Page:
CP: Could you please introduce yourself?
ABA: My name is Abdul Baset Azouz – I live in Manchester with my wife and four children.
CP: How long have you been in the UK?
ABA: Since January 1994
CP: When did your problems begin?
ABA: My problems began when they arrested us Libyans in 2006 – 24th May 2006 to be exact. They said there was a problem with national security.
CP: What happened when they came to arrest you?
ABA: They raided us at 3:00am, broke down the door and rushed in. There were about 15-20 policemen. They came straight to the bedroom, but I had already started walking out having been alarmed over the noise that they had made. I went into the corridor where they grabbed me and rushed me into the room of my youngest children; there they beat me and cuffed me in front of my scared girls. They kept on telling me to shut up and would not tell me anything. While I was cuffed, they kept on hitting me on the back of my head, pushing me down to ground so that I was in agony.
My eldest sons thought that they were thieves and had picked up their chairs to defend themselves. They took my sons, Hamza and Abdur Rahman, and pushed them at the back of their heads. They also refused to give my wife her hijaab (head covering) despite her constant appeals to give her one. After 30 minutes, they told me that they had arrested me for immigration reasons due to national security and wanted to send me to Libya. They took me to the police station and from there to Manchester prison where I was held as a CAT A prisoner.
CP: What law is being used to detain you?
ABA: I really don’t know – all I know is that the Home Secretary made a statement that I am a threat to national security and that I should be sent to Libya. I do not know anything more than that.
CP: What does it mean to be part of the SIAC process?
ABA: SIAC plays games with Muslims. They are using secret evidence – they have made this law just for Muslims. They said that we have contact with terrorists such as the Libyan Fighting Group who are supposed to have Al Qaeda’s ideology. When I asked where the evidence for this is, all I was told was that it was secret.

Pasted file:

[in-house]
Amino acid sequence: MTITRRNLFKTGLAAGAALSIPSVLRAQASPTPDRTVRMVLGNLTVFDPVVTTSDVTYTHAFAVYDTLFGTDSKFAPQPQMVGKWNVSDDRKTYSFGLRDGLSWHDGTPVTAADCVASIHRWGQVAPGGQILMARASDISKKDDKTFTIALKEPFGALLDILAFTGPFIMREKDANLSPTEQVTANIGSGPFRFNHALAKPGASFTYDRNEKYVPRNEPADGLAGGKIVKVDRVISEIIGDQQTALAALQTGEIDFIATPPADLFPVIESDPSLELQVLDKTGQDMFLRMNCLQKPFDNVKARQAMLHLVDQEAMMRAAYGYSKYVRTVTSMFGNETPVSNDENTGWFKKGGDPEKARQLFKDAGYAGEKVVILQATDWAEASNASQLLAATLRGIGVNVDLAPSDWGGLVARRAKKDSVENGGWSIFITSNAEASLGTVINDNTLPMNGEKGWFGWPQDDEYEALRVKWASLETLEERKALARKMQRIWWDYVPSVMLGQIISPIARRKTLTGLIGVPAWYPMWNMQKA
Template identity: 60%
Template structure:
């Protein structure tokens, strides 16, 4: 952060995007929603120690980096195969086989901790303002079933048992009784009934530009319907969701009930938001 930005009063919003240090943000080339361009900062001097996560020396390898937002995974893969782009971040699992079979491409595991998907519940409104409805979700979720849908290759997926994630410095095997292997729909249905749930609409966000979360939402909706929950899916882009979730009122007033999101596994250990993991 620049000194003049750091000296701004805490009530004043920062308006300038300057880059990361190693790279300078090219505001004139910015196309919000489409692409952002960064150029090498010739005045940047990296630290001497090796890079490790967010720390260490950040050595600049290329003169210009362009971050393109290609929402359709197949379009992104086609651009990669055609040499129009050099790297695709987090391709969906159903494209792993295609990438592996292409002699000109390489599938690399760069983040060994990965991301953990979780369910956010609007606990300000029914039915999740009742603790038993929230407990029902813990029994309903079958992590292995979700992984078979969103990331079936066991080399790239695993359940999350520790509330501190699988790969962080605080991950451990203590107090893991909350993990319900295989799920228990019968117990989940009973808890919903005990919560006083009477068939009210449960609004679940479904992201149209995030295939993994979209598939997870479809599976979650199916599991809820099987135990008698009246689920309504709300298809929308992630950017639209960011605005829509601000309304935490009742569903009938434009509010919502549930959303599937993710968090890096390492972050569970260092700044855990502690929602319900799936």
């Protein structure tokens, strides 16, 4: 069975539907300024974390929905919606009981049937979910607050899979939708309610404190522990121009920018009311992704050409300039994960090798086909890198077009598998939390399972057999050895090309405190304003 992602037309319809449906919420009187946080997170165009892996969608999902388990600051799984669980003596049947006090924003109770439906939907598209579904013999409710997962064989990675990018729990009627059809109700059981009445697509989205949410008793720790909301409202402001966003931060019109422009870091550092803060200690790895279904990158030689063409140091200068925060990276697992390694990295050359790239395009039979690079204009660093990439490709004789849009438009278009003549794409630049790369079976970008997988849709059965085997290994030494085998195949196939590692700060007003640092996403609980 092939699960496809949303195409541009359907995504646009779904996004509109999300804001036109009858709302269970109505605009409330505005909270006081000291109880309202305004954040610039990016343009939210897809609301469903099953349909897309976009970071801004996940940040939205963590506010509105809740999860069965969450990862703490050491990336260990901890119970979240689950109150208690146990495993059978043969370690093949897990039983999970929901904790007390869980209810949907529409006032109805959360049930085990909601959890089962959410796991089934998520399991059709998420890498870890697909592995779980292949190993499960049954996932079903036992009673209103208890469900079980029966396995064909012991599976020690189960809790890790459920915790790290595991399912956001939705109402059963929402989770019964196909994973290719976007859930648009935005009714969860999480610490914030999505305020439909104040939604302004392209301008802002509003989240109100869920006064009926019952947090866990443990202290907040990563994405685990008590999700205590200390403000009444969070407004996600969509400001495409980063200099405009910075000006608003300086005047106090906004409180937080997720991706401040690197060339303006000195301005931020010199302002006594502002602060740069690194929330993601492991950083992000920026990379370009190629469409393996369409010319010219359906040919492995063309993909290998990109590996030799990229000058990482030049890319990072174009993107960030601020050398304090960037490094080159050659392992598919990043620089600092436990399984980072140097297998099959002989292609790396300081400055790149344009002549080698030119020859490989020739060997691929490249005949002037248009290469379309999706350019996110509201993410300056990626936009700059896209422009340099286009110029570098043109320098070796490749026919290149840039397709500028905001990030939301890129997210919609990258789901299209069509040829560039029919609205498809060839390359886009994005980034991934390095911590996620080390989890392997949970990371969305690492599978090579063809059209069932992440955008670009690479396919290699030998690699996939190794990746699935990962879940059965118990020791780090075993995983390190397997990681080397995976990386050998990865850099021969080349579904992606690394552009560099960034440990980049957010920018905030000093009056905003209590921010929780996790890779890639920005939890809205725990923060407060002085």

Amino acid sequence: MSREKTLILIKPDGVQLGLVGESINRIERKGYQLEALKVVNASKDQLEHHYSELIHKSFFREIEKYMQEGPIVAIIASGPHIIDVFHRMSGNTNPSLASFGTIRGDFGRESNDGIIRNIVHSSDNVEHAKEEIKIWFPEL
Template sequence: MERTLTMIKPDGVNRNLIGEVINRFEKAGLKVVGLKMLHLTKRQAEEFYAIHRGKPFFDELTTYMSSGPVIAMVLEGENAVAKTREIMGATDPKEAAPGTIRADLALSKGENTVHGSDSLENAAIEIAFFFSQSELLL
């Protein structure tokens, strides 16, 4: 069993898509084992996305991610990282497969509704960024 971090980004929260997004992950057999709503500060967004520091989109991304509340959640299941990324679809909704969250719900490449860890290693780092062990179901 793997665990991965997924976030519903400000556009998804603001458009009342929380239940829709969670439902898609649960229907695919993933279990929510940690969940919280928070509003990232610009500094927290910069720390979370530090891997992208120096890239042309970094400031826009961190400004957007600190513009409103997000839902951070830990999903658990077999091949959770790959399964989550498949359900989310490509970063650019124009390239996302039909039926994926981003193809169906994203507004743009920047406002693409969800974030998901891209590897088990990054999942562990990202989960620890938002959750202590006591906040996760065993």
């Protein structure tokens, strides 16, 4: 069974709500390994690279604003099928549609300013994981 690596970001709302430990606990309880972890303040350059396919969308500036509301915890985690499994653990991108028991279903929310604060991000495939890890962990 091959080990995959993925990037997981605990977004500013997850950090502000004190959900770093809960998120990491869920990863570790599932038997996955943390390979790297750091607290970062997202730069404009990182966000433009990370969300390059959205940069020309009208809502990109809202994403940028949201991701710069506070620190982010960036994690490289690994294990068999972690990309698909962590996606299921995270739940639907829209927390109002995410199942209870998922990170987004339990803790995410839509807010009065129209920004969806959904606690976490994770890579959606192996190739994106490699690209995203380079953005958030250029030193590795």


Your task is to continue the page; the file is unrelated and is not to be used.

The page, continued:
CP: What other evidence do they have, they must have something?
ABA: There was and is none! My barrister told me that they had no tangible evidence against me. My barrister said that as soon as he finished reading through the files the government sent him, he said he felt tempted to throw them in the bin; that is how useful they were in terms of evidence against me.
CP: When did you receive bail?
ABA: After nine and half months, due to various illnesses I suffer from, I received bail. Due to my conditions, I need to be near a hospital, even my GP told the SIAC proceedings that I needed to be near a hospital.
CP: What do you suffer from?
ABA: I have rheumatoid arthritis, depression, asthma and injured ligaments in my leg. These culminate to make my life extremely difficult.
CP: What does it mean to be under a bail order?
ABA: It is prison, no different at all. In fact, in many ways it is worse. They have imprisoned me and my family and because of that they are the ones who are suffering the most. Further, because of the way we have been treated, everyone thinks we are terrorists and because of that, have shunned us. Due to the strict conditions that have been placed on me, my children are not even allowed to have a computer.
CP: How has this ordeal affected your children?
ABA: My children are suffering – from the first day to now, they suffer. They cannot travel or go anywhere without me. Due to the travel restrictions, due to the boundary I am not allowed to cross, there are many places that we cannot go. I cannot go to the hospital for blood tests every two months as I am required to do by my doctors as the hospital requires permission through the solicitor and sometimes that permission is denied. I am currently fighting to have a hospital included in my area – it is only half a mile from my home.
Shopping is another problem – especially for my family. My children want me to take them shopping and yet they have not included a single shopping centre within my allowed boundary. The children feel this most at Eid time when they are not able to go with me to buy new clothes for themselves.
CP: What are the time restrictions of your order?
ABA: Sometimes I want to go with my family to different places after their school ends, and I am not able to do so, I am restricted by this boundary and because of that, so are they. I am not allowed to pray in the mosque five times a day. Sometimes the community meets for the Eid festival outside my allowed boundary and the same goes for other religious events or functions. I feel as if the boundary has excommunicated me and my family from the entire community.
CP: Do you have any messages for our readers?
ABA: This is not fair – if there have been problems with me, take me to the court and try me for a crime I have committed – but not like this, not in such a horrible way as they are doing now. All of our Libyan friends in the UK have run away from us. I would urge Muslims and non-Muslims to see us as humans who have done nothing wrong, yet the government is trying to use us to play a game to show that they are dealing with terrorists. Please do not forget us, and we leave all of our trust with Allah SWT.
Interview with Abdul Baset AzzouzWritten by Asim Qureshi Wednesday, 23 April 2008
Abdul Baset Azouz, a British resident in the UK with a family that are citizens, has faced deportation to his home country Libya since May 2006. Having been declared “not conducive to the public good” by the Home Secretary. Azouz has faced detention, control orders and the harsh prospect of facing torture at the hands of the Libyans on return. He speaks to Cageprisoners about his two year ordeal.
CP: Could you please introduce yourself?
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